The Trump administration cut all funding to the Palestinian Authority, the United Nations Relief and Works Agency (UNRWA), and to other U.N. and humanitarian actors operating in the West Bank and Gaza. This money was used to fund education, health, medical, and other basic services for Palestinians. In recent weeks UNRWA, one of the largest health care providers in Gaza, has run out of funding at a moment when COVID-19 is spreading rapidly there. This blatant politicization of aid must be ended by your administration. Immediate action to restore vital and life-saving assistance is needed. This resumption of funding for UNRWA should be accompanied by a clear affirmation of the status of more than 5 million registered Palestinian refugees, and the unacceptability of the denial of their rights under
UN resolution 194. Outside of UNRWA, we urge your administration to work with Congressional leaders to ensure funds appropriated for humanitarian programs in the West Bank and Gaza be obligated.
4. Ensure accountability
Israel remains the largest recipient of U.S. foreign aid, receiving approximately $3.8 billion in military aid each year. This funding helps the government of Israel maintain the occupation of the Palestinian territories, making the U.S. complicit in Israel’s detention of Palestinian children in military prisons, violent repression of peaceful protestors, and demolitions of Palestinian homes and communities. It also supports Israel’s own arms manufacturing and export trade, which is at its highest in the country’s history and is among the world’s highest arms exporter.
We ask that your administration respond to the concerns raised in legislation like H.R. 2407 and in Dear Colleague letters sent over the last year to Sec. of State Pompeo that call for accountability for Israeli human rights abuses and action to ensure that no U.S. funding to Israel is used to further the occupation or to support human rights abuses perpetrated against Palestinians. We also ask that such massive military aid (to Israel and other countries in the region as well) be reevaluated in a Middle East that does not need to be more heavily militarized.
Finally, we urge an end to the visa bans, family entry bans, and asset freezes imposed by the US on select officials of the International Criminal Court as well as the threat of similar actions against others who participate in investigations that target Israel, the U.S. or other groups. Similarly, we urge a reversal of the policies of the last few years which have seen prominent Palestinian human rights activists like Hanan Ashrawi, denied visas to the U.S. Actions like these carried out against human rights defenders and those investigating violations of international law undermine key international human rights accountability mechanisms that the U.S. should support.
5. Reiterate the U.S. position that territory controlled by Israel as a result of the 1967 war, including East Jerusalem and the Golan Heights, are occupied territories subject to international law and are not recognized parts of Israel.
Since World War II the prohibition of the acquisition of territory through use of force has been a central tenant of international law. Annexation of occupied territory by an occupying power is a blatant violation of international law and the U.S. has traditionally stood together with the rest of the international community in supporting this principle. However, under the Trump Administration the U.S. government recognized Israel’s annexation of the occupied Syrian Golan Heights and occupied East Jerusalem. The Trump Administration also stated its support for Israeli annexation, outside of a negotiated agreement, of significant portions of the West Bank. It is imperative that your administration walk back these positions and return to support for international law, and hold Israel accountable for violations of these principles. Further, we urge you to ensure that products made in Israeli settlements and industrial zones in the occupied territories cannot be labeled, “Made in Israel.”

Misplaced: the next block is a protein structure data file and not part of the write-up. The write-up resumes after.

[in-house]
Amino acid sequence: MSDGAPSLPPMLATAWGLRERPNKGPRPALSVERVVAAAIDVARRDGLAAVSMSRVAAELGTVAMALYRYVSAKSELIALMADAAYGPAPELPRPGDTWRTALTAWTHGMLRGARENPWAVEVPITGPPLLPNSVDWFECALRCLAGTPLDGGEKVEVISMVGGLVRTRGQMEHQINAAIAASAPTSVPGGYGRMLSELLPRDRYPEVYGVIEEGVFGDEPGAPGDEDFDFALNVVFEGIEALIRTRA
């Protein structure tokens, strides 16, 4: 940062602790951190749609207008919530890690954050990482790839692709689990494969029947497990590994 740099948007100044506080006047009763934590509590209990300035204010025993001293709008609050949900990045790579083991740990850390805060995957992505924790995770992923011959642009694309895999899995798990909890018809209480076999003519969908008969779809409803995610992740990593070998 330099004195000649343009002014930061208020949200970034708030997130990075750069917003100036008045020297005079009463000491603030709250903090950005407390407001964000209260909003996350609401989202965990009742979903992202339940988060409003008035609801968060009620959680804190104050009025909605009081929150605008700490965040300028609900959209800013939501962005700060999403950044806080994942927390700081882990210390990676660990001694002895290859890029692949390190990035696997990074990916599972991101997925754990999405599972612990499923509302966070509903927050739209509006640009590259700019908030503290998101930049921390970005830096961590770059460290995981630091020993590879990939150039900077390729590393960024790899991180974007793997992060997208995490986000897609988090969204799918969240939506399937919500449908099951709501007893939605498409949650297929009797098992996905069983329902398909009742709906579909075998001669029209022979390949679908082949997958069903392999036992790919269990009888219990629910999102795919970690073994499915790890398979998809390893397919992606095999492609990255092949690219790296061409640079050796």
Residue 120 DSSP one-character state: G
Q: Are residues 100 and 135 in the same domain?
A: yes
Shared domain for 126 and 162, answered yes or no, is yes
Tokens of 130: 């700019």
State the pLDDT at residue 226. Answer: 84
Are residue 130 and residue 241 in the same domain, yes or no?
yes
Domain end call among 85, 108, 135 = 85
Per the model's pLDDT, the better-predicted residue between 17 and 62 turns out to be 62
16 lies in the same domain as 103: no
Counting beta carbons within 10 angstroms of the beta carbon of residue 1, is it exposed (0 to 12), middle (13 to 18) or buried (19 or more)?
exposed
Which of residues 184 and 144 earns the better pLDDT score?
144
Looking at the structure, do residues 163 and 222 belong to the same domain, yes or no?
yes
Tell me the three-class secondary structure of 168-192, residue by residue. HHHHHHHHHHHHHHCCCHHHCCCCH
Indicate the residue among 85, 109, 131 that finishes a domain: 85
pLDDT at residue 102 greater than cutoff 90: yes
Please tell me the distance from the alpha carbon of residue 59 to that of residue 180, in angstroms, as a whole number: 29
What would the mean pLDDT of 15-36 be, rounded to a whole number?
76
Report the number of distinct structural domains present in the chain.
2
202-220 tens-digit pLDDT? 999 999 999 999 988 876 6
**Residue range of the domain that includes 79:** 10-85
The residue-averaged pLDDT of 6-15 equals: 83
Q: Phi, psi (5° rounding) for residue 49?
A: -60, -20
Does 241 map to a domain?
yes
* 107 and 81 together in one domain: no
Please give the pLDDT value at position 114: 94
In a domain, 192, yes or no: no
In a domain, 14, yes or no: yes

6. Make clear that criticism of Israel, including support for boycotts, divestment, and sanctions actions, is protected and legitimate speech.
Over the last four years there has been a coordinated effort to prohibit speech critical of Israel and to make it illegal to support boycott, divestment and sanctions (BDS) actions. Over 200 laws have been introduced in 40 states and at the federal level with the goal of prohibiting support for BDS and anti-BDS laws have passed in 30 states. These laws are ostensibly, though wrongly, based on the premise that supporting BDS is somehow anti-Semitic. We abhor anti-Semitism, but nevertheless we support the constitutionally guaranteed freedom to speak and act in ways that may lead to fair and just outcomes.
As Churches and faith-based organizations, we do not have a consistent position or a consensus on BDS, but many of us have supported boycotts and divestment at various times in our history and in the present including campaigns designed to protect civil rights, end Apartheid in South Africa, protect farm workers, improve prison conditions, end environmental pollution, and oppose Israeli settlement construction. We ask that your administration make it clear that Americans’ rights to engage in speech and actions critical of the government of Israel are constitutionally protected.
The challenges before your administration are significant and bringing change in Israel and Palestine will not be easy. However, the costs to Palestinians and Israelis of failing to act are much more significant and demand commitment to change by the U.S.
As Christian churches and organizations in the United States, we strongly urge you to pursue engagement in honest, credible, and serious efforts with Palestinians, Israelis, regional parties, and the international community, to seek a just and lasting peace. We are available and would be eager to meet with you or any of your staff to discuss these points further, and to share our own experiences and those of our partners in Israel and Palestine.
And we pray that we may soon join you in celebrating a region where all are at peace and enjoy their rights and liberties without regard to race, ethnicity, or creed.
Alliance of Baptists
American Friends Service Committee
Christian Church (Disciples of Christ)
Christian Reformed Church in North America, Office of Social Justice
Church of the Brethren, Office of Peacebuilding and Policy
Church World Service
Churches for Middle East Peace
The Episcopal Church
Evangelical Lutheran Church in America
Friends Committee on National Legislation
Maryknoll Office for Global Concerns
Mennonite Central Committee U.S. Washington Office
National Council of Churches of Christ in the USA
Presbyterian Church (USA)
Reformed Church in America
United Church of Christ
The United Methodist Church – General Board of Church and Society